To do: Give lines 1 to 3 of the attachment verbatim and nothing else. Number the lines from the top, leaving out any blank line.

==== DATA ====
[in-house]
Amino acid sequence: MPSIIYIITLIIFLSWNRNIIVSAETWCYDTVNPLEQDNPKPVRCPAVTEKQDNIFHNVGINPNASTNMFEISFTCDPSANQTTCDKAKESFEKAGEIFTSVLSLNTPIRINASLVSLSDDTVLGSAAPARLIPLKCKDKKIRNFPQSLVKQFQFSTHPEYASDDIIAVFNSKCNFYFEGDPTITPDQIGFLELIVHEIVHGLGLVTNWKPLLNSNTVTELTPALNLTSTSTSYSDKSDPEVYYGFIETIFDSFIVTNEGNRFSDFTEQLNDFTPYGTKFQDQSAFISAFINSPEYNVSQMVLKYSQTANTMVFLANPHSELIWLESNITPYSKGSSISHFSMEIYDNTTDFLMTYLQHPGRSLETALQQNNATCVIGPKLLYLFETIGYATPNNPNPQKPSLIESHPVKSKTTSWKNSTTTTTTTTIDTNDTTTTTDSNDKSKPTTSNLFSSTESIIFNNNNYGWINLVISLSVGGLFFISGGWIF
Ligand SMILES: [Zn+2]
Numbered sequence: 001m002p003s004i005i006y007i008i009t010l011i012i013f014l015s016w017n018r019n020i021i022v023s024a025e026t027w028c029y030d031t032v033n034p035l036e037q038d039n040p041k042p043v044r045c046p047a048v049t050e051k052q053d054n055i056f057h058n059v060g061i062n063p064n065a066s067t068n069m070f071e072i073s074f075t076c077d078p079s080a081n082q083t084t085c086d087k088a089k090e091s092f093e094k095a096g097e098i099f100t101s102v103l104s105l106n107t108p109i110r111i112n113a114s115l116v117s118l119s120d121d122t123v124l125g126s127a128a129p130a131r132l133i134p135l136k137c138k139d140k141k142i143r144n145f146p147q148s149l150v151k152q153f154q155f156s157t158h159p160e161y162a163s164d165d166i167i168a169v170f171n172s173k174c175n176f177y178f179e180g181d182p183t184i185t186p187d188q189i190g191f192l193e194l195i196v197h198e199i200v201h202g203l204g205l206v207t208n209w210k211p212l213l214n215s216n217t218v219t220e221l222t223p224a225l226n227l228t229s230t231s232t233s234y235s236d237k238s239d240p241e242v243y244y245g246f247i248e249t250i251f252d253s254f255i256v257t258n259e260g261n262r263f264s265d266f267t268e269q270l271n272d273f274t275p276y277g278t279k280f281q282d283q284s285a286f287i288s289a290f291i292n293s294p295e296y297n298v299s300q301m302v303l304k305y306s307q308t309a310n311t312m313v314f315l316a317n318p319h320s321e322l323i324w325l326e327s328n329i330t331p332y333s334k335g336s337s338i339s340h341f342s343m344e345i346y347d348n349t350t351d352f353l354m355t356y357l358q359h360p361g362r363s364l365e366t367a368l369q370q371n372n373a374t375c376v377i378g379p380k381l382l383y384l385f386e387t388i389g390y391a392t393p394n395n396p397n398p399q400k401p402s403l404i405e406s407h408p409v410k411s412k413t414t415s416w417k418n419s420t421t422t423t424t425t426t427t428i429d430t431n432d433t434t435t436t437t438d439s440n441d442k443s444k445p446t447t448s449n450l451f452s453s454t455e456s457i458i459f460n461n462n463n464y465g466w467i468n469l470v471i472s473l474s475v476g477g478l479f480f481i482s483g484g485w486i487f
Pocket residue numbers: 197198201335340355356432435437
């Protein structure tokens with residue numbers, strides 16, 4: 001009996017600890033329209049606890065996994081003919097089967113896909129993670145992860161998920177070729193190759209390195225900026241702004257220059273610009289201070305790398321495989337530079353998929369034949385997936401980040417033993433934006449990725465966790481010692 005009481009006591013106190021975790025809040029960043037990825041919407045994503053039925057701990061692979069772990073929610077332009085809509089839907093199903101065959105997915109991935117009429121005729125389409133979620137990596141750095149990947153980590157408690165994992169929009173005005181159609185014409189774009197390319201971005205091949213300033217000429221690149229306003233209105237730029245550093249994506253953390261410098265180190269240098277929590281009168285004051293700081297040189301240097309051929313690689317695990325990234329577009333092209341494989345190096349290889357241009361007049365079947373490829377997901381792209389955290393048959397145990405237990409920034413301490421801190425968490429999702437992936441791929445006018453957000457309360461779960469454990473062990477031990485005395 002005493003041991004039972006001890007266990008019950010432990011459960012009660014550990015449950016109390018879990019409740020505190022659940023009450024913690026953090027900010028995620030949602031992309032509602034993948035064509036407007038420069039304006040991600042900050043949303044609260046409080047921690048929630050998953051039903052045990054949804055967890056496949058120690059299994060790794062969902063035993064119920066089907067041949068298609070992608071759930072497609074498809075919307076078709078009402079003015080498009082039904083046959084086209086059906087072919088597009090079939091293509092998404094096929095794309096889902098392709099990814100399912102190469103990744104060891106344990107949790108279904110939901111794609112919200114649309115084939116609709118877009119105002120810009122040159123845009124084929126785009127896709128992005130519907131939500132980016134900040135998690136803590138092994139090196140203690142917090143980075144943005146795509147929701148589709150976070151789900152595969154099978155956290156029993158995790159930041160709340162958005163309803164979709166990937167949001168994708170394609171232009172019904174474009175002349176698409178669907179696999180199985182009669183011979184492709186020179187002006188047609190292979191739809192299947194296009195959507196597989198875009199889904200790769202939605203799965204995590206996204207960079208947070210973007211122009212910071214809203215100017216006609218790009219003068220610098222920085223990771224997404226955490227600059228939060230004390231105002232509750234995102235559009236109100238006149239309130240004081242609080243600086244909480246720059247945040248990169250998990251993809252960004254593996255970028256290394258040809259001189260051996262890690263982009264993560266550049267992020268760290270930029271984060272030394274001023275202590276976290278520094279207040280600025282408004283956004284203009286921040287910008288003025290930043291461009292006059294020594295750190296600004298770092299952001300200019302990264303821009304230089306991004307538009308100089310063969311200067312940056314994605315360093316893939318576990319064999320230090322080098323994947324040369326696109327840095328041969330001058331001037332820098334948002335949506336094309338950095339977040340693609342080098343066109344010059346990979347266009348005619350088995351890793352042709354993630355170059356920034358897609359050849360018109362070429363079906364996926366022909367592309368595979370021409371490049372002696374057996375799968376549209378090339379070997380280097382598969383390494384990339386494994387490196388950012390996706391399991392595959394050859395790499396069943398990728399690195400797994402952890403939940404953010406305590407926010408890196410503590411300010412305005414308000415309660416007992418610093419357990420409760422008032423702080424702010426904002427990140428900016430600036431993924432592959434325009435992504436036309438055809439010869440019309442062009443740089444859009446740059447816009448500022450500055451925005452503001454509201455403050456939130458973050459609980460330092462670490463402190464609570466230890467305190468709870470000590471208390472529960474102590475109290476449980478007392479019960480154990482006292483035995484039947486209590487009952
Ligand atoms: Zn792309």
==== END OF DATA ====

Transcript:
[in-house]
Amino acid sequence: MPSIIYIITLIIFLSWNRNIIVSAETWCYDTVNPLEQDNPKPVRCPAVTEKQDNIFHNVGINPNASTNMFEISFTCDPSANQTTCDKAKESFEKAGEIFTSVLSLNTPIRINASLVSLSDDTVLGSAAPARLIPLKCKDKKIRNFPQSLVKQFQFSTHPEYASDDIIAVFNSKCNFYFEGDPTITPDQIGFLELIVHEIVHGLGLVTNWKPLLNSNTVTELTPALNLTSTSTSYSDKSDPEVYYGFIETIFDSFIVTNEGNRFSDFTEQLNDFTPYGTKFQDQSAFISAFINSPEYNVSQMVLKYSQTANTMVFLANPHSELIWLESNITPYSKGSSISHFSMEIYDNTTDFLMTYLQHPGRSLETALQQNNATCVIGPKLLYLFETIGYATPNNPNPQKPSLIESHPVKSKTTSWKNSTTTTTTTTIDTNDTTTTTDSNDKSKPTTSNLFSSTESIIFNNNNYGWINLVISLSVGGLFFISGGWIF
Ligand SMILES: [Zn+2]